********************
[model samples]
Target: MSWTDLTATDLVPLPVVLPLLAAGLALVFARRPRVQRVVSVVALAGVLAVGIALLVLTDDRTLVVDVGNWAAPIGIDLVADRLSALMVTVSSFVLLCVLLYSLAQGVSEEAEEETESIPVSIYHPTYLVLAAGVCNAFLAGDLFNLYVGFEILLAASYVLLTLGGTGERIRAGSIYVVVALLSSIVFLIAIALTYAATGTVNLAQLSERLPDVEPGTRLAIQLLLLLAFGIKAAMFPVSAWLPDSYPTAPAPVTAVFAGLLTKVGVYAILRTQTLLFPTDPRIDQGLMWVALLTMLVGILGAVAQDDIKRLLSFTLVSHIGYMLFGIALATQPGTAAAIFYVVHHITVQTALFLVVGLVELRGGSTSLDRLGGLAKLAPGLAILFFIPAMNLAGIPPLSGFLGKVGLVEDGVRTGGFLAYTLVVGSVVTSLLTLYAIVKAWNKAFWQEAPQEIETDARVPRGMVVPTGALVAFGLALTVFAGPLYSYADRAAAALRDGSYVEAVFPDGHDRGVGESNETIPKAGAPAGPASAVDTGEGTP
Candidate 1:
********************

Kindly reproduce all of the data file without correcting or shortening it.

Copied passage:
[model samples]
Target: MSWTDLTATDLVPLPVVLPLLAAGLALVFARRPRVQRVVSVVALAGVLAVGIALLVLTDDRTLVVDVGNWAAPIGIDLVADRLSALMVTVSSFVLLCVLLYSLAQGVSEEAEEETESIPVSIYHPTYLVLAAGVCNAFLAGDLFNLYVGFEILLAASYVLLTLGGTGERIRAGSIYVVVALLSSIVFLIAIALTYAATGTVNLAQLSERLPDVEPGTRLAIQLLLLLAFGIKAAMFPVSAWLPDSYPTAPAPVTAVFAGLLTKVGVYAILRTQTLLFPTDPRIDQGLMWVALLTMLVGILGAVAQDDIKRLLSFTLVSHIGYMLFGIALATQPGTAAAIFYVVHHITVQTALFLVVGLVELRGGSTSLDRLGGLAKLAPGLAILFFIPAMNLAGIPPLSGFLGKVGLVEDGVRTGGFLAYTLVVGSVVTSLLTLYAIVKAWNKAFWQEAPQEIETDARVPRGMVVPTGALVAFGLALTVFAGPLYSYADRAAAALRDGSYVEAVFPDGHDRGVGESNETIPKAGAPAGPASAVDTGEGTP
Candidate 1: